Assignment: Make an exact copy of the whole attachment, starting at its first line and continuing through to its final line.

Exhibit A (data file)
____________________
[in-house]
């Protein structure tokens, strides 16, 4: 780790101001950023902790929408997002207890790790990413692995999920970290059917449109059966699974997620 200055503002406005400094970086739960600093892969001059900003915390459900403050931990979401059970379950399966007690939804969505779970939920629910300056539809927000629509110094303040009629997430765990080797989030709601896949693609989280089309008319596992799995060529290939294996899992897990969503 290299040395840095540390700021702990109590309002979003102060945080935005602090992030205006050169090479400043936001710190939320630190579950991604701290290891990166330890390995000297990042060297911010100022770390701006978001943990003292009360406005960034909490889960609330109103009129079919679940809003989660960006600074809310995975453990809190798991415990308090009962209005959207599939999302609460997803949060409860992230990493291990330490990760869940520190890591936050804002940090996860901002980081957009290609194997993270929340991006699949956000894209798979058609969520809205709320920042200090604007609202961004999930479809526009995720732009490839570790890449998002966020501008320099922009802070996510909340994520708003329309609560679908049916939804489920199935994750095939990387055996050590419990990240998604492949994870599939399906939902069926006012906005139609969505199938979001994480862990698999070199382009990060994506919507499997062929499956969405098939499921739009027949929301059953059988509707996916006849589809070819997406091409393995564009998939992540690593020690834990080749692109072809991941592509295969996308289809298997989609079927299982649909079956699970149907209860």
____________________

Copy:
[in-house]
């Protein structure tokens, strides 16, 4: 780790101001950023902790929408997002207890790790990413692995999920970290059917449109059966699974997620 200055503002406005400094970086739960600093892969001059900003915390459900403050931990979401059970379950399966007690939804969505779970939920629910300056539809927000629509110094303040009629997430765990080797989030709601896949693609989280089309008319596992799995060529290939294996899992897990969503 290299040395840095540390700021702990109590309002979003102060945080935005602090992030205006050169090479400043936001710190939320630190579950991604701290290891990166330890390995000297990042060297911010100022770390701006978001943990003292009360406005960034909490889960609330109103009129079919679940809003989660960006600074809310995975453990809190798991415990308090009962209005959207599939999302609460997803949060409860992230990493291990330490990760869940520190890591936050804002940090996860901002980081957009290609194997993270929340991006699949956000894209798979058609969520809205709320920042200090604007609202961004999930479809526009995720732009490839570790890449998002966020501008320099922009802070996510909340994520708003329309609560679908049916939804489920199935994750095939990387055996050590419990990240998604492949994870599939399906939902069926006012906005139609969505199938979001994480862990698999070199382009990060994506919507499997062929499956969405098939499921739009027949929301059953059988509707996916006849589809070819997406091409393995564009998939992540690593020690834990080749692109072809991941592509295969996308289809298997989609079927299982649909079956699970149907209860």